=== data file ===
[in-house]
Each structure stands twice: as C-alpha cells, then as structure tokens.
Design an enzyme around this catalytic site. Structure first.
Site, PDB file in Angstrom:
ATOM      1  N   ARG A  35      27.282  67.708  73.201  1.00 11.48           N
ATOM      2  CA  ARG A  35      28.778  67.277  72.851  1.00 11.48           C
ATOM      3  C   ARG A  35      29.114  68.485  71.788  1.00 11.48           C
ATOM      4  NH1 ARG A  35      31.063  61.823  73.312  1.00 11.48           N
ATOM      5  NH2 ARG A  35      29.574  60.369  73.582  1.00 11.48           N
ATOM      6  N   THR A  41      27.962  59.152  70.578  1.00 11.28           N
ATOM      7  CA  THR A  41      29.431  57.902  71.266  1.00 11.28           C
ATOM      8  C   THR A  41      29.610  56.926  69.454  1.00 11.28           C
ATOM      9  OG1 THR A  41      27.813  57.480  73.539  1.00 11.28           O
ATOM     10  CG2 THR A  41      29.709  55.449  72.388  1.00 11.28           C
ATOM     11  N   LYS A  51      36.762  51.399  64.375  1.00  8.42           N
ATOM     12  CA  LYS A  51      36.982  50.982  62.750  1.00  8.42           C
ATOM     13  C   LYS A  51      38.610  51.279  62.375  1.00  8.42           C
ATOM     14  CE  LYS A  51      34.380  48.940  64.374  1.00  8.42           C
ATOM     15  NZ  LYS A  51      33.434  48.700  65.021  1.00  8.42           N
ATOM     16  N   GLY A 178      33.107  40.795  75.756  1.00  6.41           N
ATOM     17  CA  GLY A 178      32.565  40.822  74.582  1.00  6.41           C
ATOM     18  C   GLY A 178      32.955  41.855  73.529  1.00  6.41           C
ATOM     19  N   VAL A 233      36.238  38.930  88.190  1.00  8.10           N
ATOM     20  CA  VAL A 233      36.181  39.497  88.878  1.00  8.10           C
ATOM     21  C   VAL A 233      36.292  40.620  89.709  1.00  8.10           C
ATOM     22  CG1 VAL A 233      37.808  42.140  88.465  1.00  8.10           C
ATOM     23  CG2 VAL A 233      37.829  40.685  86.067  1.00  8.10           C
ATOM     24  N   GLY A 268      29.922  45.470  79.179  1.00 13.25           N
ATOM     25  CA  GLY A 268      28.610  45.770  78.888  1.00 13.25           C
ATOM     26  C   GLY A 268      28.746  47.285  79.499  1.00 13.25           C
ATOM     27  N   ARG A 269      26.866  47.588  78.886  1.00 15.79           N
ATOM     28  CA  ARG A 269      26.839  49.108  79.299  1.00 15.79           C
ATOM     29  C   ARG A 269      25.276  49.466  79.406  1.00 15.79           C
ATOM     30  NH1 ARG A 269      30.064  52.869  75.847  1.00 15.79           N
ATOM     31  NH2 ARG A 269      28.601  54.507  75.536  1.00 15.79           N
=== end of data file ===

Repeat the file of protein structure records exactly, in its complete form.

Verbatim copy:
[in-house]
Each structure stands twice: as C-alpha cells, then as structure tokens.
Design an enzyme around this catalytic site. Structure first.
Site, PDB file in Angstrom:
ATOM      1  N   ARG A  35      27.282  67.708  73.201  1.00 11.48           N
ATOM      2  CA  ARG A  35      28.778  67.277  72.851  1.00 11.48           C
ATOM      3  C   ARG A  35      29.114  68.485  71.788  1.00 11.48           C
ATOM      4  NH1 ARG A  35      31.063  61.823  73.312  1.00 11.48           N
ATOM      5  NH2 ARG A  35      29.574  60.369  73.582  1.00 11.48           N
ATOM      6  N   THR A  41      27.962  59.152  70.578  1.00 11.28           N
ATOM      7  CA  THR A  41      29.431  57.902  71.266  1.00 11.28           C
ATOM      8  C   THR A  41      29.610  56.926  69.454  1.00 11.28           C
ATOM      9  OG1 THR A  41      27.813  57.480  73.539  1.00 11.28           O
ATOM     10  CG2 THR A  41      29.709  55.449  72.388  1.00 11.28           C
ATOM     11  N   LYS A  51      36.762  51.399  64.375  1.00  8.42           N
ATOM     12  CA  LYS A  51      36.982  50.982  62.750  1.00  8.42           C
ATOM     13  C   LYS A  51      38.610  51.279  62.375  1.00  8.42           C
ATOM     14  CE  LYS A  51      34.380  48.940  64.374  1.00  8.42           C
ATOM     15  NZ  LYS A  51      33.434  48.700  65.021  1.00  8.42           N
ATOM     16  N   GLY A 178      33.107  40.795  75.756  1.00  6.41           N
ATOM     17  CA  GLY A 178      32.565  40.822  74.582  1.00  6.41           C
ATOM     18  C   GLY A 178      32.955  41.855  73.529  1.00  6.41           C
ATOM     19  N   VAL A 233      36.238  38.930  88.190  1.00  8.10           N
ATOM     20  CA  VAL A 233      36.181  39.497  88.878  1.00  8.10           C
ATOM     21  C   VAL A 233      36.292  40.620  89.709  1.00  8.10           C
ATOM     22  CG1 VAL A 233      37.808  42.140  88.465  1.00  8.10           C
ATOM     23  CG2 VAL A 233      37.829  40.685  86.067  1.00  8.10           C
ATOM     24  N   GLY A 268      29.922  45.470  79.179  1.00 13.25           N
ATOM     25  CA  GLY A 268      28.610  45.770  78.888  1.00 13.25           C
ATOM     26  C   GLY A 268      28.746  47.285  79.499  1.00 13.25           C
ATOM     27  N   ARG A 269      26.866  47.588  78.886  1.00 15.79           N
ATOM     28  CA  ARG A 269      26.839  49.108  79.299  1.00 15.79           C
ATOM     29  C   ARG A 269      25.276  49.466  79.406  1.00 15.79           C
ATOM     30  NH1 ARG A 269      30.064  52.869  75.847  1.00 15.79           N
ATOM     31  NH2 ARG A 269      28.601  54.507  75.536  1.00 15.79           N